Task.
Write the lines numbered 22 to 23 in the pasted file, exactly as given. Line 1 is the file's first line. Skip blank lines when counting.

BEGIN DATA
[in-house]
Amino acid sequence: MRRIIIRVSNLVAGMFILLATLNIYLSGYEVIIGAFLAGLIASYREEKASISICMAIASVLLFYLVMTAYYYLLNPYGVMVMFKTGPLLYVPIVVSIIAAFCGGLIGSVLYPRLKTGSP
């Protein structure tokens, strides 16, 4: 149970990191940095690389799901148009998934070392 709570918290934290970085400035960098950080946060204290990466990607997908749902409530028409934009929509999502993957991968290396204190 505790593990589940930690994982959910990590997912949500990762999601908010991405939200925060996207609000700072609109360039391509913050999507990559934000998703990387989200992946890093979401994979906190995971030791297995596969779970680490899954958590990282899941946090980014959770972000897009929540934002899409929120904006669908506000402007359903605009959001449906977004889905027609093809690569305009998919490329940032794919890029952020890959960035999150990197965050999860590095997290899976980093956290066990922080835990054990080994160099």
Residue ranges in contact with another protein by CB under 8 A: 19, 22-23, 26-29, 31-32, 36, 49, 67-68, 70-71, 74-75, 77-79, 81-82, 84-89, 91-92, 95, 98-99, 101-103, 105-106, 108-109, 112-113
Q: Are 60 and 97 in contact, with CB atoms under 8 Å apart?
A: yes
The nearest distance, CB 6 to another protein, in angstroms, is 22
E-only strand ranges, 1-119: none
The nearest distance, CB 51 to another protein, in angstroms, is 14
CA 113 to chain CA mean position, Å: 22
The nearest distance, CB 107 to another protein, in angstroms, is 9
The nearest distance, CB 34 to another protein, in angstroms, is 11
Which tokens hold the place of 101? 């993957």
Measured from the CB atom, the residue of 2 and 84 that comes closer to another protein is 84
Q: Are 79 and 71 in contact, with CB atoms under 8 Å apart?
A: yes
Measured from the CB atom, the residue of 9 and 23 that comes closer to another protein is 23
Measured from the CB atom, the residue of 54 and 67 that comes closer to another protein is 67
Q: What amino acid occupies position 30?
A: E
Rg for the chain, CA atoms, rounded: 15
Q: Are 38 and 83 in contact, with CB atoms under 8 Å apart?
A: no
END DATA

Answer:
Q: Are 38 and 83 in contact, with CB atoms under 8 Å apart?
A: no